Co-Insurance Explained: Maximizing Protection with a Replacement Cost Appraisal

A replacement cost appraisal can help prevent a co-insurance penalty on a property’s insurance policy by accurately determining the full replacement value of the property and the amount to be insuredIf a co-insurance clause is present on your policy, you could be at risk of severe penalties and ineligible for full payouts in the case of a total or even partial loss.

Understanding Co-Insurance 

Co-insurance is a term commonly used in insurance policies. It refers to the cost-sharing arrangement between the insurance provider and the insured individual or policyholder. 


A co-insurance clause requires policyholders to insure their property for a specified percentage of its full replacement value, typically ranging from 80% to 100%. If the property is not insured to the specified percentage, a co-insurance penalty may be applied in the event of a claim. 


Suppose you own a building and the replacement cost is $1,000,000. Your property insurance policy has a co-insurance requirement of 80%. This means that you must insure the property for at least $800,000 to receive the maximum amount of coverage. Instead, you choose to insure the property for only $600,000. In this scenario, the insurance company will apply the co-insurance formula to calculate the payout amount in the event of a claim.


Co-insurance formula: ([Policy limit / Required limit] x Loss) – Deductible = Claim payment


The policy limit would be $600,000. The required limit is $800,000 (80% of the total replacement cost).


Let’s consider two examples to understand how co-insurance would apply to property losses.

Example One – Partial Loss

There is a water leak in your building causing $200,000 worth of damage. The deductible is $5,000. Since you insured the property for only $600,000, the insurance company will consider your coverage to be insufficient. They will calculate the penalty for underinsurance based on the co-insurance formula.


In this case, the calculation would be:


([$600,000 / $800,000] x $200,000) – $5,000 = $145,000


This means that the insurance company will only pay $145,000 for the claim, and you would be responsible for the remaining $50,000 out of pocket, plus the deductible.


Had you had insured the property for at least 80% of its value, the co-insurance penalty would not have been triggered and you would have received the full $200,000, minus the deductible.

Example Two – Total Loss

In the case of a property claim that results in a total loss, the co-insurance clause can have a significant impact on the amount of reimbursement you receive from the insurance company.


Using the same values from the last example, consider there is a fire that results in a total loss of the building. The deductible is $25,000. In this scenario, the loss value would be the maximum limit of coverage, which is $600,000.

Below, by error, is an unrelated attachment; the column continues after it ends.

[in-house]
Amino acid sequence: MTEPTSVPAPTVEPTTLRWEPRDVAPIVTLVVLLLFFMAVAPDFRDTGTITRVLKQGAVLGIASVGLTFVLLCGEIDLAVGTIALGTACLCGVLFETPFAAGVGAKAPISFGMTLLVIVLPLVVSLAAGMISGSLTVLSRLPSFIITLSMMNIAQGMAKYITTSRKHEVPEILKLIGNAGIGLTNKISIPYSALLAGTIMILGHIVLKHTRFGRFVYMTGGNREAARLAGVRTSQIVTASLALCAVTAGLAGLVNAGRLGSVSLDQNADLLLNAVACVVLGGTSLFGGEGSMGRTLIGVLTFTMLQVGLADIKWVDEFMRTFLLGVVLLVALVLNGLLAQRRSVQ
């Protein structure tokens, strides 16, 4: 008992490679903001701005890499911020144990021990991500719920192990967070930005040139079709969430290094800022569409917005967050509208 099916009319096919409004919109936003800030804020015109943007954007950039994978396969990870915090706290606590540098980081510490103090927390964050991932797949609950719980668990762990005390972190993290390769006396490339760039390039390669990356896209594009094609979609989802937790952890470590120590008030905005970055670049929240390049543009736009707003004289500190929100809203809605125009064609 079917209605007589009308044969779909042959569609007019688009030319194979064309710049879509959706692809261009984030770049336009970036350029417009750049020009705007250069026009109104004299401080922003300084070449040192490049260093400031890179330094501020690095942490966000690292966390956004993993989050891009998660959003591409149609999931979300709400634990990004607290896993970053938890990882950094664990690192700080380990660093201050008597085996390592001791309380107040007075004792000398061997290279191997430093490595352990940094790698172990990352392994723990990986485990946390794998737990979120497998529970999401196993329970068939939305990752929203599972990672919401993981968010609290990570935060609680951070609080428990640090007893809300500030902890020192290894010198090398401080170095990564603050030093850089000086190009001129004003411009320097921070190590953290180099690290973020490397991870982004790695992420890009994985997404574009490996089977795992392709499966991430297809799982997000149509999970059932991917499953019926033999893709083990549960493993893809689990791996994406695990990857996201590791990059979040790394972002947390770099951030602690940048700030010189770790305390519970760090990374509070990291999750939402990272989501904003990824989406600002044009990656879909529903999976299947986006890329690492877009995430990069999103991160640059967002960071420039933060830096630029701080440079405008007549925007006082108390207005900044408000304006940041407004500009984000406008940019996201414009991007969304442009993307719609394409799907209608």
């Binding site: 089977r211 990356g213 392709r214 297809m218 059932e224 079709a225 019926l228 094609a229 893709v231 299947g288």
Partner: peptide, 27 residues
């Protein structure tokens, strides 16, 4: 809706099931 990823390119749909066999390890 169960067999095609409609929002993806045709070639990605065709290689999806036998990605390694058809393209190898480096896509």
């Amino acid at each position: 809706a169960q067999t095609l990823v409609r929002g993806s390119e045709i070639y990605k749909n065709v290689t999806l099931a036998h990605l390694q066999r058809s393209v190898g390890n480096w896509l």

Using the co-insurance formula:


([$600,000 / $800,000] x $600,000) – $25,000 = $425,000


Based on this, the insurance company would only reimburse you for $450,000 based on the co-insurance penalty, minus the deductible.


In order to rebuild the same property, at an estimated $1,000,000 replacement cost value, you would be responsible for paying the remaining $550,000 out of pocket, plus the policy deductible.

Obtain an Appraisal to Avoid Co-Insurance

Co-insurance is designed to encourage policyholders to adequately insure their property. It serves as a mechanism to distribute risk between the insurer and the policyholder. Insuring your property to the full replacement cost can help avoid co-insurance penalties and ensure sufficient coverage in the case of a loss. Only a credible, experienced appraisal firm can reliably determine the full replacement cost of a property.

Steps to Avoiding Co-Insurance

  1. Engage a third-party, professional firm specializing in replacement cost valuations (like Normac).

  2. Obtain appraisals on an annual basis and insure your property to the full replacement cost amount.

An accurate insurance appraisal should consider all costs to rebuild, including all hard and soft costs, and should account for demolition and removal, upgrades required to meet current building code and bylaws, fluctuation to construction costs, and regional costing.

  1. Share the appraisal with your insurance provider at the time of the insurance policy renewal. Bonus: if you align the appraisal program effective date with the insurance policy renewal date, you can ensure accuracy and avoid midterm adjustments.


  2. Have peace of mind that your assets are protected in the case of a loss. 

Normac’s Insurance Appraisal Experts

Normac is the largest specialized insurance appraisal company in Canada. Our team has extensive knowledge of construction costs, utilizes our own proprietary costing database, and provides industry-leading reports with additional details to maximize your coverage potential and help you to secure the best terms.  


Losses do happen. Request a no-obligation quote today and mitigate the risk of a co-insurance penalty.